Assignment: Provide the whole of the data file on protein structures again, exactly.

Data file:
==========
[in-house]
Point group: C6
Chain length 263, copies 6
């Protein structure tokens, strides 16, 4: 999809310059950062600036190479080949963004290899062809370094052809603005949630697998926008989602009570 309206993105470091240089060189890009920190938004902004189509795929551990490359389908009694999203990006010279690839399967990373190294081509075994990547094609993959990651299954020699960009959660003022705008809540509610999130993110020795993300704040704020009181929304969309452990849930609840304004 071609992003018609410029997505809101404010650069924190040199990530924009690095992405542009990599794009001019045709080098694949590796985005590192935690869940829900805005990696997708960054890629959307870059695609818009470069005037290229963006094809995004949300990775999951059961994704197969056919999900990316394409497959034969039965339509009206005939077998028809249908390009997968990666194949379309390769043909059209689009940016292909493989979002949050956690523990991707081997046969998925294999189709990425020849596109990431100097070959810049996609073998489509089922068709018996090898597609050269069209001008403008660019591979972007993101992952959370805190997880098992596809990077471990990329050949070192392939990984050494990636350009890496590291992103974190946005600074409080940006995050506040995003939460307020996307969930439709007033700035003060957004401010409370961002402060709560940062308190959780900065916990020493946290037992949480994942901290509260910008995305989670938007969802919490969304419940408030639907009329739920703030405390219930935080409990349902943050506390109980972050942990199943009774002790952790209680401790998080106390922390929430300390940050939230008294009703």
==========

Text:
[in-house]
Point group: C6
Chain length 263, copies 6
């Protein structure tokens, strides 16, 4: 999809310059950062600036190479080949963004290899062809370094052809603005949630697998926008989602009570 309206993105470091240089060189890009920190938004902004189509795929551990490359389908009694999203990006010279690839399967990373190294081509075994990547094609993959990651299954020699960009959660003022705008809540509610999130993110020795993300704040704020009181929304969309452990849930609840304004 071609992003018609410029997505809101404010650069924190040199990530924009690095992405542009990599794009001019045709080098694949590796985005590192935690869940829900805005990696997708960054890629959307870059695609818009470069005037290229963006094809995004949300990775999951059961994704197969056919999900990316394409497959034969039965339509009206005939077998028809249908390009997968990666194949379309390769043909059209689009940016292909493989979002949050956690523990991707081997046969998925294999189709990425020849596109990431100097070959810049996609073998489509089922068709018996090898597609050269069209001008403008660019591979972007993101992952959370805190997880098992596809990077471990990329050949070192392939990984050494990636350009890496590291992103974190946005600074409080940006995050506040995003939460307020996307969930439709007033700035003060957004401010409370961002402060709560940062308190959780900065916990020493946290037992949480994942901290509260910008995305989670938007969802919490969304419940408030639907009329739920703030405390219930935080409990349902943050506390109980972050942990199943009774002790952790209680401790998080106390922390929430300390940050939230008294009703």